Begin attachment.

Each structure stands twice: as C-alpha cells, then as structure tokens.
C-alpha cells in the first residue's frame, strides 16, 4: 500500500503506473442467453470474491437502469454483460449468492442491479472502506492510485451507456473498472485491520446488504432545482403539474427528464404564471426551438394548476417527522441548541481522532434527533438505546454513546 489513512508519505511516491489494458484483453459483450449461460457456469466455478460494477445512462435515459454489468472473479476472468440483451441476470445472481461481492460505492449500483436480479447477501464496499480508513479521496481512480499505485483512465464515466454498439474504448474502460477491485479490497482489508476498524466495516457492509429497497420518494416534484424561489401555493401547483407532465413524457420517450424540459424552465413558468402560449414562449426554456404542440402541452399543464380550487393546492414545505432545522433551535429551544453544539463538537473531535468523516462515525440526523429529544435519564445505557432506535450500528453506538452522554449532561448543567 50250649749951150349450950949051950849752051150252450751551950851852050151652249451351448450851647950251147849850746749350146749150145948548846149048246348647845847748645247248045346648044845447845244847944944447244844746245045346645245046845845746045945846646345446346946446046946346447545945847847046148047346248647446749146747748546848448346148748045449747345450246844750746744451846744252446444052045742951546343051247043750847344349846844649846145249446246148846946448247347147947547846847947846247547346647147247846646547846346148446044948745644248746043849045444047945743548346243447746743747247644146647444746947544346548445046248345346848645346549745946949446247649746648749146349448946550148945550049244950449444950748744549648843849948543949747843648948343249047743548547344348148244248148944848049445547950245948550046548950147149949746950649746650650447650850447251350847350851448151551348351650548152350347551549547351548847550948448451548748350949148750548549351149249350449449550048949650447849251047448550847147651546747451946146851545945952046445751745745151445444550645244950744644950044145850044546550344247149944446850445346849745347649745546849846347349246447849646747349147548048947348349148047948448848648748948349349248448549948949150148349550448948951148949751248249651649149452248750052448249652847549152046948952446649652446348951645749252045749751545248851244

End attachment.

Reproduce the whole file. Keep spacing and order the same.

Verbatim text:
Each structure stands twice: as C-alpha cells, then as structure tokens.
C-alpha cells in the first residue's frame, strides 16, 4: 500500500503506473442467453470474491437502469454483460449468492442491479472502506492510485451507456473498472485491520446488504432545482403539474427528464404564471426551438394548476417527522441548541481522532434527533438505546454513546 489513512508519505511516491489494458484483453459483450449461460457456469466455478460494477445512462435515459454489468472473479476472468440483451441476470445472481461481492460505492449500483436480479447477501464496499480508513479521496481512480499505485483512465464515466454498439474504448474502460477491485479490497482489508476498524466495516457492509429497497420518494416534484424561489401555493401547483407532465413524457420517450424540459424552465413558468402560449414562449426554456404542440402541452399543464380550487393546492414545505432545522433551535429551544453544539463538537473531535468523516462515525440526523429529544435519564445505557432506535450500528453506538452522554449532561448543567 50250649749951150349450950949051950849752051150252450751551950851852050151652249451351448450851647950251147849850746749350146749150145948548846149048246348647845847748645247248045346648044845447845244847944944447244844746245045346645245046845845746045945846646345446346946446046946346447545945847847046148047346248647446749146747748546848448346148748045449747345450246844750746744451846744252446444052045742951546343051247043750847344349846844649846145249446246148846946448247347147947547846847947846247547346647147247846646547846346148446044948745644248746043849045444047945743548346243447746743747247644146647444746947544346548445046248345346848645346549745946949446247649746648749146349448946550148945550049244950449444950748744549648843849948543949747843648948343249047743548547344348148244248148944848049445547950245948550046548950147149949746950649746650650447650850447251350847350851448151551348351650548152350347551549547351548847550948448451548748350949148750548549351149249350449449550048949650447849251047448550847147651546747451946146851545945952046445751745745151445444550645244950744644950044145850044546550344247149944446850445346849745347649745546849846347349246447849646747349147548048947348349148047948448848648748948349349248448549948949150148349550448948951148949751248249651649149452248750052448249652847549152046948952446649652446348951645749252045749751545248851244